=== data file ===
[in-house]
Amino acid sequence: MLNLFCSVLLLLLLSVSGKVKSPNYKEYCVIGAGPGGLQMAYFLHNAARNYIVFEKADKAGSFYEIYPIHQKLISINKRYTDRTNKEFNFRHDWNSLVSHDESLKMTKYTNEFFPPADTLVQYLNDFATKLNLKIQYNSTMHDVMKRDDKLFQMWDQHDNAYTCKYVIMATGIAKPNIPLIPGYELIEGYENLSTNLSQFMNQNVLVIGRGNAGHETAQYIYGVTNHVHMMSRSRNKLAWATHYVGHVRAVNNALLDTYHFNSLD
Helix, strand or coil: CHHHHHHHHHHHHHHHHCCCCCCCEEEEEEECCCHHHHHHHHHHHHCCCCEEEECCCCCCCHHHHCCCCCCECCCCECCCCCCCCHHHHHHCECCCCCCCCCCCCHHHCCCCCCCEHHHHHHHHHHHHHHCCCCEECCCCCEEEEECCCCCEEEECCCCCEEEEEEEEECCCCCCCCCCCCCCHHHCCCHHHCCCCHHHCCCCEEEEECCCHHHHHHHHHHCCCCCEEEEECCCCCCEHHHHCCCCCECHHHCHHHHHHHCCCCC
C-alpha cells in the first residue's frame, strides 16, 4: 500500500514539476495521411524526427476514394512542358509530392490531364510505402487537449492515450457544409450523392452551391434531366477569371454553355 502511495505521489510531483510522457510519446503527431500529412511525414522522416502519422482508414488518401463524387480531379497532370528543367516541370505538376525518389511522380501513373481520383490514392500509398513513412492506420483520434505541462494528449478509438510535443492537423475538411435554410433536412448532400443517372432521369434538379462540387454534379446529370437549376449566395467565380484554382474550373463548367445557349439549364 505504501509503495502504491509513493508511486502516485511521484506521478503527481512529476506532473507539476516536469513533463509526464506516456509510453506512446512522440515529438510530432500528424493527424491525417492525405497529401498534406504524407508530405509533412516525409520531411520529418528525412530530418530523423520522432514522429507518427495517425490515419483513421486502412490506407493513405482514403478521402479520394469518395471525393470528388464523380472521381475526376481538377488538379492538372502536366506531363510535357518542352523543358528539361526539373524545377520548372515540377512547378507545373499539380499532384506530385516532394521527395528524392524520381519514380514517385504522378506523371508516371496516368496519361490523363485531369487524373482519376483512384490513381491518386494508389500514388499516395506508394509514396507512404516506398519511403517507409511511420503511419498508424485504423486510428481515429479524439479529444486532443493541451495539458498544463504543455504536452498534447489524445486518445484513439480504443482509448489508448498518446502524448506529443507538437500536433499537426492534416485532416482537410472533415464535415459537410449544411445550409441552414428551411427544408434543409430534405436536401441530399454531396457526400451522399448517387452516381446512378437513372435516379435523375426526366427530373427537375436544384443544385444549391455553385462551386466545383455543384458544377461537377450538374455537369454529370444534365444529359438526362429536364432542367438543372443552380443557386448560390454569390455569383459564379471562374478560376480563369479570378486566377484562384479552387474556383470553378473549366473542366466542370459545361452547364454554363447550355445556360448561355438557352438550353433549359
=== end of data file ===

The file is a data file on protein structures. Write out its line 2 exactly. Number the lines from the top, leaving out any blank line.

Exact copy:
Amino acid sequence: MLNLFCSVLLLLLLSVSGKVKSPNYKEYCVIGAGPGGLQMAYFLHNAARNYIVFEKADKAGSFYEIYPIHQKLISINKRYTDRTNKEFNFRHDWNSLVSHDESLKMTKYTNEFFPPADTLVQYLNDFATKLNLKIQYNSTMHDVMKRDDKLFQMWDQHDNAYTCKYVIMATGIAKPNIPLIPGYELIEGYENLSTNLSQFMNQNVLVIGRGNAGHETAQYIYGVTNHVHMMSRSRNKLAWATHYVGHVRAVNNALLDTYHFNSLD